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Alligators bellow in Florida zoo, video shows: “It sounds like something out of Jurassic Park’

connectVideoAlligators and dinosaurs have more in common than we think

Crocodiles and dinosaurs are found for both the ability to hear, according to a study published in the Journal of Neuroscience.

As the weather gets warmer, alligators are likely to come out in full force for breeding season in the coastal South. Only this month, alligators have seen knocking on the windows, disrupting the flow of golf tournaments and the crossing of busy streets.

Apart from roaming further out of the water in the search for partners, alligators also bellows — a prehistoric sound that was caught on video at a Florida zoo last week.

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In a video posted on Facebook of the Naples Zoo at Caribbean Gardens in Naples, Fla., three alligators can be seen bobbing in the water, making loud growling or roaring sounds.

A person in the neighborhood can be heard by comparing the sound to the dinosaurs.

“It sounds like something out of Jurassic Park,” the person is heard saying.

According to the zoo is the title of the video, alligators below the year, but they do it more often during the mating season.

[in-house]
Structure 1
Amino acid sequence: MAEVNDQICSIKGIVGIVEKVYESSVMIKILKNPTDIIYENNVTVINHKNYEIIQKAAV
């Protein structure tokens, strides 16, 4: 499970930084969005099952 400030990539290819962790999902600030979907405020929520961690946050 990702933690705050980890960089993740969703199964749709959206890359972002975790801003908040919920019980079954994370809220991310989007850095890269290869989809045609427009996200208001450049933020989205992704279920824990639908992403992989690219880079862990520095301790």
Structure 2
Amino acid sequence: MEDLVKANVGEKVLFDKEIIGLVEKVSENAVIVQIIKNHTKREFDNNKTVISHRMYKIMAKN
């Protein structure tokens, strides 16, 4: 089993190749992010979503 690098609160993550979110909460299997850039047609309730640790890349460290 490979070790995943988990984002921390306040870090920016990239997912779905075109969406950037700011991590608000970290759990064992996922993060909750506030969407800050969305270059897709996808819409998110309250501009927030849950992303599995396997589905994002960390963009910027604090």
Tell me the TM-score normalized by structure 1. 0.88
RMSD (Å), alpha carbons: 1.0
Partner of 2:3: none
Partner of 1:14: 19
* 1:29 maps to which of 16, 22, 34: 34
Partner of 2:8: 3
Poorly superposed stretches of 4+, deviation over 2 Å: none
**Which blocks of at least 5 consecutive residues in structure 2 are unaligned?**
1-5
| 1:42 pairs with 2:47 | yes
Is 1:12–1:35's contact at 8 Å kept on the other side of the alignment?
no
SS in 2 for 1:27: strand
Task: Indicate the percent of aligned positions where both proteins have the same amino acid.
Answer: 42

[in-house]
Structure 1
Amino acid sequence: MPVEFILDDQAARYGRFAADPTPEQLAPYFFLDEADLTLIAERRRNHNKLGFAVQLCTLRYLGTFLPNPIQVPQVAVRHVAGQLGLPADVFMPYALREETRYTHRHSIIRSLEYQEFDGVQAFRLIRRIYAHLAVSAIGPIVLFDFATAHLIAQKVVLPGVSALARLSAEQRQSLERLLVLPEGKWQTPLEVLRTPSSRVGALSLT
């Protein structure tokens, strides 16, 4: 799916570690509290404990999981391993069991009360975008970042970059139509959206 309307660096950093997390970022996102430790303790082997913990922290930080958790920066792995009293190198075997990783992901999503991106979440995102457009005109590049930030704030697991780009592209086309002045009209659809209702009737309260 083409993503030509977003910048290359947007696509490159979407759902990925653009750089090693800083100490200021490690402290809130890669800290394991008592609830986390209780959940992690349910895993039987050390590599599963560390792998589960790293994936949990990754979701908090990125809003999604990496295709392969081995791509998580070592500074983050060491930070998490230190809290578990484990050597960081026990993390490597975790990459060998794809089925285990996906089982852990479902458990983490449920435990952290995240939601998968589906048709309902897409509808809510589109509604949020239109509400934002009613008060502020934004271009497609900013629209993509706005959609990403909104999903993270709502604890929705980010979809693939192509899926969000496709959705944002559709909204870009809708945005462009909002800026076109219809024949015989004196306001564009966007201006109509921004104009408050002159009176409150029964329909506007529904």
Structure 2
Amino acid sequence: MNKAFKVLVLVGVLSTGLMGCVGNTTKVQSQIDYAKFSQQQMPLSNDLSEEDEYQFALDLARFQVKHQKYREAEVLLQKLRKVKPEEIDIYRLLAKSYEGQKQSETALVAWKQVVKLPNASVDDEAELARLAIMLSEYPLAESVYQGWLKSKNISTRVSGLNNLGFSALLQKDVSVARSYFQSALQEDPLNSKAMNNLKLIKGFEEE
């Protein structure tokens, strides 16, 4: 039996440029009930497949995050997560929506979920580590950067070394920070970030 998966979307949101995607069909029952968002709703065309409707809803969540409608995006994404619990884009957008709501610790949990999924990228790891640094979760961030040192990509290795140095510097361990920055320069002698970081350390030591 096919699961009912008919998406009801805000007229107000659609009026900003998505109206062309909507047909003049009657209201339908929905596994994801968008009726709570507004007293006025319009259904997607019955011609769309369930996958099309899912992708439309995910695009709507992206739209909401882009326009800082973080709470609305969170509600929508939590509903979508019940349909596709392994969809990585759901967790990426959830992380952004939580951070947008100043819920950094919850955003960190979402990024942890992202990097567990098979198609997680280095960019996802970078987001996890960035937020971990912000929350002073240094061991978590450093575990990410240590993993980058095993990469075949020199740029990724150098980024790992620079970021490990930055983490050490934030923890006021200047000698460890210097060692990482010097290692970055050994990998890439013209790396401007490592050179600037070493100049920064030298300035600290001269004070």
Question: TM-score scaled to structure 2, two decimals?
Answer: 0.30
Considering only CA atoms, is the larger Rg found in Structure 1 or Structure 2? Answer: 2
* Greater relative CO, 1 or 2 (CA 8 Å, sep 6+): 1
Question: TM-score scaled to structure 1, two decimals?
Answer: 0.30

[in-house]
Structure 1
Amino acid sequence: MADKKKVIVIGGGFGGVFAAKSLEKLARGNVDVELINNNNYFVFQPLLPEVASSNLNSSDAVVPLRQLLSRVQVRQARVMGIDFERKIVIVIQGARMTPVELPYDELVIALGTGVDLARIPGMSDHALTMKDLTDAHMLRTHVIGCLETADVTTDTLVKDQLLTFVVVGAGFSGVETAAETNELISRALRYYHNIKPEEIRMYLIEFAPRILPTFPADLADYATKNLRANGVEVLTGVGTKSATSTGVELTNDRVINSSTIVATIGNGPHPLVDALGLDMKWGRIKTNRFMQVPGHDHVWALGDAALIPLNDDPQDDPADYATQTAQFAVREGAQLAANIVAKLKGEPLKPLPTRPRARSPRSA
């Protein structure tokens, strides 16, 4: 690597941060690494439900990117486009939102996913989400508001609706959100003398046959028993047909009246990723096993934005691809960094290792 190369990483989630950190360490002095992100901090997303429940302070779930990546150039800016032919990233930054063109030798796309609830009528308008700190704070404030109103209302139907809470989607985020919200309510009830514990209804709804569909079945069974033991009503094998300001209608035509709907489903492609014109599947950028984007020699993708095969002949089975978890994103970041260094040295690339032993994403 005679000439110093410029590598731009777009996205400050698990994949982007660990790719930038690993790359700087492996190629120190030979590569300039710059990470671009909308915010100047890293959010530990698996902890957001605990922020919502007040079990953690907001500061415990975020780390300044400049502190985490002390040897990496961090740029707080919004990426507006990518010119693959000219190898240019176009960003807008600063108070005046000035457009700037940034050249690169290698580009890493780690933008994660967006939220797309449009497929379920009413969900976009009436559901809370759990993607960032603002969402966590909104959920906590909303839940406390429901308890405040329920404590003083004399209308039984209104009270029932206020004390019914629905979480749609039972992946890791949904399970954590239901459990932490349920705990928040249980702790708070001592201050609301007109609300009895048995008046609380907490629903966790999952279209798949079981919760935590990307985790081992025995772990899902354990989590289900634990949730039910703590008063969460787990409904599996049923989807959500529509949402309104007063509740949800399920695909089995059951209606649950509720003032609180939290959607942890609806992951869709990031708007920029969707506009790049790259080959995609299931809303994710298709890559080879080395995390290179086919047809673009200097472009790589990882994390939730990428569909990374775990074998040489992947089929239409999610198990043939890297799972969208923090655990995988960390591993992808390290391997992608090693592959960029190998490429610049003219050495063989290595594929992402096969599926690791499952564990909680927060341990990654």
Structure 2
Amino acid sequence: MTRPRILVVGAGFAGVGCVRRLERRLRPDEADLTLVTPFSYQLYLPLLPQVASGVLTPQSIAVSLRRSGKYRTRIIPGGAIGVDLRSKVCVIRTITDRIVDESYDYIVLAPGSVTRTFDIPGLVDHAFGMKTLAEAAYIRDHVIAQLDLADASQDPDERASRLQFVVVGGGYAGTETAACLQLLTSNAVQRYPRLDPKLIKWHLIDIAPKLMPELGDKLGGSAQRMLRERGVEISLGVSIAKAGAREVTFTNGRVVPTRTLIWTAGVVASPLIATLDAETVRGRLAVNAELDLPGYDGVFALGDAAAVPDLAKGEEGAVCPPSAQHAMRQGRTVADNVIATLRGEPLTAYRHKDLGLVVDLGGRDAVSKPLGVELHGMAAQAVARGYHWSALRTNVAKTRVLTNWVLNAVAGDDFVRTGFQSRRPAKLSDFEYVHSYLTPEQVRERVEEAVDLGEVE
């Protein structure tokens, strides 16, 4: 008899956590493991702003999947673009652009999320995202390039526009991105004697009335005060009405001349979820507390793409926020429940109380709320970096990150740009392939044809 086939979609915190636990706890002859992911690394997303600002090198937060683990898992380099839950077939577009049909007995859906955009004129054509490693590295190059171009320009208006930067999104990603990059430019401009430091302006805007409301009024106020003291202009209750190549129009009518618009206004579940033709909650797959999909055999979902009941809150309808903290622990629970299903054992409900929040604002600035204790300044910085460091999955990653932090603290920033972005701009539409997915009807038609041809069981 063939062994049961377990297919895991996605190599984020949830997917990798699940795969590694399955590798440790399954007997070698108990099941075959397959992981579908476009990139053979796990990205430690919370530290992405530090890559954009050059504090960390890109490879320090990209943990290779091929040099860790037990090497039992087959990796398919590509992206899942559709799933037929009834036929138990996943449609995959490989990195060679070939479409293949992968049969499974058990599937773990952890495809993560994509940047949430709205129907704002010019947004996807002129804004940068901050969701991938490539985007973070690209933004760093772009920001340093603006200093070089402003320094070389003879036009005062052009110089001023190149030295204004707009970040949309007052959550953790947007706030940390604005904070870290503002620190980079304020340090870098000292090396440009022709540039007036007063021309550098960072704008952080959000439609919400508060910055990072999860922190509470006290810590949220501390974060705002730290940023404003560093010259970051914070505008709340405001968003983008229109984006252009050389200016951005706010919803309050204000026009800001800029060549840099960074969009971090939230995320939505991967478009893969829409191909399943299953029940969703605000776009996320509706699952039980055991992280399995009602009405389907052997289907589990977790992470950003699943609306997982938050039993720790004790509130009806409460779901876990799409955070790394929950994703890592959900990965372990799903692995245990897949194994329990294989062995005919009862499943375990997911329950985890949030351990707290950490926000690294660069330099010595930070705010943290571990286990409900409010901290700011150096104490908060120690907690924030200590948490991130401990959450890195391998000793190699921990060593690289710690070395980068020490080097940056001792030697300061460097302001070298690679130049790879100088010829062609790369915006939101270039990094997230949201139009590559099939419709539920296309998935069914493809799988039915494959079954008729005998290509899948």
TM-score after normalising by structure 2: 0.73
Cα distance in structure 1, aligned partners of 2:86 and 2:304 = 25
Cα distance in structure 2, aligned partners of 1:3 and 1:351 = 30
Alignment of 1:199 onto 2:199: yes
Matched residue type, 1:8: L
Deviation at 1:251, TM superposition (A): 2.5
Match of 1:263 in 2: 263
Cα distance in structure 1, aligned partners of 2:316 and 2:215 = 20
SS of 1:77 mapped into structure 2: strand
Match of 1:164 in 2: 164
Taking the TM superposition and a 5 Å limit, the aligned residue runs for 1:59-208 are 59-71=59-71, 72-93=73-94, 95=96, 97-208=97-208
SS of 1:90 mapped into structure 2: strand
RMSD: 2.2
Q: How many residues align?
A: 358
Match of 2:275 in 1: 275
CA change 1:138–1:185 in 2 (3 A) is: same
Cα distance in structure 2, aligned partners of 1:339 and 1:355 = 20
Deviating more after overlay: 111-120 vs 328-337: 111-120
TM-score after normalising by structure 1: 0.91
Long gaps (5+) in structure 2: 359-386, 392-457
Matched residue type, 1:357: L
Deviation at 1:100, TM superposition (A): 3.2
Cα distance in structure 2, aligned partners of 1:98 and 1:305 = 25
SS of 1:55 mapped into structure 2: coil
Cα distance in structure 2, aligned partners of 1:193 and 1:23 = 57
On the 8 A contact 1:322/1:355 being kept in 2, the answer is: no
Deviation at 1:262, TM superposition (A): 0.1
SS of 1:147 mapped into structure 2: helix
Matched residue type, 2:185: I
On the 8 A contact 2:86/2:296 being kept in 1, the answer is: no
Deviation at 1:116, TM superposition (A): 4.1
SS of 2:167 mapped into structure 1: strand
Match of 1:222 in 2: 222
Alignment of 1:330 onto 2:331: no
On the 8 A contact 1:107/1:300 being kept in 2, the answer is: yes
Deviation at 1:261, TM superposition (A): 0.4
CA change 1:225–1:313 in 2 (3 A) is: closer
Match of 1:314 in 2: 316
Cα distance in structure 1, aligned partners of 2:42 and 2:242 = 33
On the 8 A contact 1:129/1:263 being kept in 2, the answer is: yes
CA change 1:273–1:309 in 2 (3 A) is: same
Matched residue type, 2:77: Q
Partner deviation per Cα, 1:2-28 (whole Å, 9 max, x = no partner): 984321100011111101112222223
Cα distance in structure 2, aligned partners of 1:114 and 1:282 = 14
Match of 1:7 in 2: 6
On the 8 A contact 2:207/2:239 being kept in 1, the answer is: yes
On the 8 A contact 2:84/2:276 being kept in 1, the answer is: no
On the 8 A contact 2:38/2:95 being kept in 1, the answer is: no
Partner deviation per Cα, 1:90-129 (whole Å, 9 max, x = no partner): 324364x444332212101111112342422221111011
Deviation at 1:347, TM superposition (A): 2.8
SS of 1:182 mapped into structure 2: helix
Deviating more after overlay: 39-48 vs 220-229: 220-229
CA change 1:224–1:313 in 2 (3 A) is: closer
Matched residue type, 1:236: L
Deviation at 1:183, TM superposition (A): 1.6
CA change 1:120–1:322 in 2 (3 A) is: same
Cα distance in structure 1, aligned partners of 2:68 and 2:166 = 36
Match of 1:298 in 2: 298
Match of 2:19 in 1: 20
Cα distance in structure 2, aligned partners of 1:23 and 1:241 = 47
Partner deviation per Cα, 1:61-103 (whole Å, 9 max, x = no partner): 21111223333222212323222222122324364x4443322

“Alligators also can below to communicate size to one another,” zoo said. “While both males and females bellow, males can reach a lower frequency, causing the water to ‘dance’ on their back, as you can see here with the gator in the middle!”

A commentator wrote: “but Good that they are in the zoo and not in my garden!”

Another person said: “For me, that sound means,” I’m going to est (sic) your life when you are near me!'”

Someone else made jokes about snoring, saying: “From what I hear, this is me sleeping.”

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According to the Florida Fish and Wildlife Conservation Commission (FWC), alligators begin to court in the beginning of April and mate in May or June.

Apart from roaming further from their lagoons, warmer temperatures also speed of alligators’ metabolism, making them more active and aggressive as they hunt for prey and to mate.

The FWC advises not to swim during the twilight or dawn — an alligator the most active hours — the keeping of animals on a leash and away from the water and keep a safe distance when they come in contact with the large creature.

Fox News’ Allie Raffa contributed to this report.

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